John F. Kennedy once said, “Children are the world’s most valuable resource and its best hope for the future.” As parents, educators, and supportive adults, we all want to make sure that our children are as safe from harm as possible.
In my years of work as a mental health clinician, I have heard numerous stories from parents, teachers, and first responders about hurt children. I have been moved as I have seen their tears as they talk about the children who were burned, drowned, or, at worst, killed. From these stories, I learned that there is nothing more tragic than seeing a child hurt other than knowing that the injury could have been prevented. While we wish that we could be with our children constantly to protect them from the sometimes-harsh realities of daily life, there is seldom the opportunity to do so. We rely on our schools, our physicians, and our community at large to take on much of this role.
I recently searched online for the term “keeping kids safe” and found hundreds of thousands of articles and websites devoted to the many resources available for parents and other caregivers with specific things they can do to keep their children safe from harm. Some of these Google hits related to abduction or school shootings or reducing risks for teen drivers; the majority of them, however, were related to seatbelt use, car seats, bicycle helmets, and most importantly, the need to teach children the skills needed to avoid harm. While we realize that stronger laws and safer environments can help protect our children, it is education that has the biggest impact.
Given that approximately one-third of the residents in our Public Hospital District service area are children and young adults, my call to action to you today is this: When you are done reading this article, reach out to your children. Ask them if they feel safe walking in your neighborhood or riding their bike. Do they know how to get out of your home in the case of a fire? Are they confident in their swimming abilities? If they babysit other children, do they know what to do in the case of an emergency? If the answer to any of these is “no,” reach out to the resources in our community that can help provide the education and skills that it takes to keep our children safe from injury.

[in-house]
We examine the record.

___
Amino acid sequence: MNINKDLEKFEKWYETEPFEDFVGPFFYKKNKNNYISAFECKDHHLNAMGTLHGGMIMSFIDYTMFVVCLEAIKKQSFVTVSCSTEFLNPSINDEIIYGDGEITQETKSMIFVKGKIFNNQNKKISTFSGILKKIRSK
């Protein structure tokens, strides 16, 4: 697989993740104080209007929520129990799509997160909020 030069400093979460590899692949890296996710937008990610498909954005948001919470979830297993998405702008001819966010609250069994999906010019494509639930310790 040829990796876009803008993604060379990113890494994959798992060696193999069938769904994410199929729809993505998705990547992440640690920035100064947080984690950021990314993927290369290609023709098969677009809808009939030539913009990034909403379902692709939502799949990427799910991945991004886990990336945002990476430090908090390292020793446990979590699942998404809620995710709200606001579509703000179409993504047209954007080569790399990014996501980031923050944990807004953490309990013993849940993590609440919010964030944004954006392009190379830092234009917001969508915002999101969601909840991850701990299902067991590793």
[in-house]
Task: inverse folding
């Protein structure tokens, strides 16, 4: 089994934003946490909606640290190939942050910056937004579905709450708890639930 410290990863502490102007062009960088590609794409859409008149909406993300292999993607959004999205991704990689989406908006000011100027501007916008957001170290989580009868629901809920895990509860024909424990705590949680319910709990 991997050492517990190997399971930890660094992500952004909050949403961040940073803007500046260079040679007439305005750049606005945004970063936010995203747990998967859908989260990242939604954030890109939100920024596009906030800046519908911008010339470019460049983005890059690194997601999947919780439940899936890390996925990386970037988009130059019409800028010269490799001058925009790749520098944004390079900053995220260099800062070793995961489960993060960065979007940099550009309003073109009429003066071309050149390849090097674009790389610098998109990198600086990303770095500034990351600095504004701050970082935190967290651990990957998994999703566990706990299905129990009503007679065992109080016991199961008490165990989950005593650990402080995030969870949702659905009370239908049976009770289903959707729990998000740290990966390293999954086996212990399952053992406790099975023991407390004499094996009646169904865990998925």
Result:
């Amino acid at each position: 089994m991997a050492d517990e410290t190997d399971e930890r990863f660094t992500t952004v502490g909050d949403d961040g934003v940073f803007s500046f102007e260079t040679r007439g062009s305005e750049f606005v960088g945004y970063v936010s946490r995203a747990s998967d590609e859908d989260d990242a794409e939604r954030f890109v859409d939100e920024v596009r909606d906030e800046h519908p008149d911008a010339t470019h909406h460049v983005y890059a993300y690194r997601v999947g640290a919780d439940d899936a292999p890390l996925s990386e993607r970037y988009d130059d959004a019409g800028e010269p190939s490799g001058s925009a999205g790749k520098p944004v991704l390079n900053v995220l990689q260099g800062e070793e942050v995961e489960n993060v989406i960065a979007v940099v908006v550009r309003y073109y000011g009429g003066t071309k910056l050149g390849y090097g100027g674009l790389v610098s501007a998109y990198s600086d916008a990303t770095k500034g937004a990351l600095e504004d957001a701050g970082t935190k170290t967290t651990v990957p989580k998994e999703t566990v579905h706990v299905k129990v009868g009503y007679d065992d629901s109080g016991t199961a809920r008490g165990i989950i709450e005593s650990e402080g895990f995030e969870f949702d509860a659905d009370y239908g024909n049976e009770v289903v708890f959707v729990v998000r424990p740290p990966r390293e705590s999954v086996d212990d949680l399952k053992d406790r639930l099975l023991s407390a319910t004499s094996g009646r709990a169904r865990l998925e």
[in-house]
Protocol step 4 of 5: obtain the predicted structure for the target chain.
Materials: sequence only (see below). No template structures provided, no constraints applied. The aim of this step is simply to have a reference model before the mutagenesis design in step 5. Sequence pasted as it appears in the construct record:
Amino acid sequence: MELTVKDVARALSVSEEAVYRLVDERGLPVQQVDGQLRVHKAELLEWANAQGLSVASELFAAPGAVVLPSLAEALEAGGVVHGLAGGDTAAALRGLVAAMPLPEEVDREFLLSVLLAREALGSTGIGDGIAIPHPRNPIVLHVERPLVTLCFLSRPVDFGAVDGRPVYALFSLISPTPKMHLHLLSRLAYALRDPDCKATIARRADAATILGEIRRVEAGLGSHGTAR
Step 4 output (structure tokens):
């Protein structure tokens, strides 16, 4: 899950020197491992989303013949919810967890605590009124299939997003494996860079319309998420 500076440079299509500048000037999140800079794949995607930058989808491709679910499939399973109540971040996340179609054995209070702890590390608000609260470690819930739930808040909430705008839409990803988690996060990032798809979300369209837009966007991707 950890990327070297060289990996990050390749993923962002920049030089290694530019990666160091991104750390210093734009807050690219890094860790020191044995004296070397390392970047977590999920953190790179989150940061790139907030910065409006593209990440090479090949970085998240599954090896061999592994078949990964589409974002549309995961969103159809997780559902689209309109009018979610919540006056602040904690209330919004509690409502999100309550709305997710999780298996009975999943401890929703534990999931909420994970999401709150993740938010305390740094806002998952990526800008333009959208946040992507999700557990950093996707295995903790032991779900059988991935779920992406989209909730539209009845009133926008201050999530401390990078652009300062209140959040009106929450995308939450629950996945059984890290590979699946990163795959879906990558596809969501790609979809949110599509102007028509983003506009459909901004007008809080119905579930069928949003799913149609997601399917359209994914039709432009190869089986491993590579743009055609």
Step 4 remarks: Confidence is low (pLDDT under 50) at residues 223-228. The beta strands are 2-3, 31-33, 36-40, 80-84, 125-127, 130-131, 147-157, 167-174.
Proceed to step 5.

Here are some injury prevention resources in our community we think might be useful:
- Swim lessons are available at the pools in Lynnwood and Mountlake Terrace, the Dale Turner Family YMCA, and Yost Pool in Edmonds in the summer. Verdant funds a program that can provide free lessons to youth who are beginning swimmers. Inquire directly at these pools for details.
- Fire prevention services through the American Red Cross’ Sound the Alarm program uses volunteers, along with fire departments and other partners, to canvass high-risk neighborhoods, installing free smoke alarms, replacing batteries in existing alarms, and helping families create escape plans. To find out more about the Home Fire Campaign and how to get involved, please visit www.redcross.org/local/washington/home-fire-safety.
- Improvements to the bike network taking place through the Bike2Health program have improved safety on our roads for cyclists, pedestrians, and drivers. To learn more about the safe routes for riders or other details, visit www.bike2health.org.
- First aid and CPR classes are available through a number of programs in our community, including the Red Cross, Swedish Edmonds, City of Lynnwood, South Snohomish County Fire & Rescue, and many others. There are free “hands-only” CPR events that occasionally take place in the community. These will be posted at verdanthealth.org/events as we become aware of them.
— Robin Fenn, Ph.D., LICSW, Superintendent, Verdant Health Commission